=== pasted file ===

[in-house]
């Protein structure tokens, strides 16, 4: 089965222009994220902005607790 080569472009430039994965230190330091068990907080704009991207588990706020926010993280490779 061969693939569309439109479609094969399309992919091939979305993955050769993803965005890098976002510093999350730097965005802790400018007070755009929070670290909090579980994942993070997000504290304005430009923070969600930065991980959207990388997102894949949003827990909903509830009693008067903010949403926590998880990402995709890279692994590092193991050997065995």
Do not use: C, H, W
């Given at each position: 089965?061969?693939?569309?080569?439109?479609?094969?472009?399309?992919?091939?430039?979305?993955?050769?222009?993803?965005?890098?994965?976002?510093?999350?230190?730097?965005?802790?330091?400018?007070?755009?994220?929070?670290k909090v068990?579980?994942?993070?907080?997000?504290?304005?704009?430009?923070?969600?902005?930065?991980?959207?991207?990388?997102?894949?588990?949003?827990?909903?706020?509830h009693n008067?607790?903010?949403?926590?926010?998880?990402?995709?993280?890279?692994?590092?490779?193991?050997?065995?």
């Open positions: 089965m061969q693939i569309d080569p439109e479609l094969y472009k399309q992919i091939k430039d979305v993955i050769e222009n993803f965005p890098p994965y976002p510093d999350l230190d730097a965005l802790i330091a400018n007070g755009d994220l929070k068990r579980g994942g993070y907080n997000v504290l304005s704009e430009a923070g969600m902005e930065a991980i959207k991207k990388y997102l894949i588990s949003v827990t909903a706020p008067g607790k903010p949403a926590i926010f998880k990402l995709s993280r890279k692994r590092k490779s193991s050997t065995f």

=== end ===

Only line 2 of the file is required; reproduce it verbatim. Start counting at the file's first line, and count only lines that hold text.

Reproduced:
């Protein structure tokens, strides 16, 4: 089965222009994220902005607790 080569472009430039994965230190330091068990907080704009991207588990706020926010993280490779 061969693939569309439109479609094969399309992919091939979305993955050769993803965005890098976002510093999350730097965005802790400018007070755009929070670290909090579980994942993070997000504290304005430009923070969600930065991980959207990388997102894949949003827990909903509830009693008067903010949403926590998880990402995709890279692994590092193991050997065995």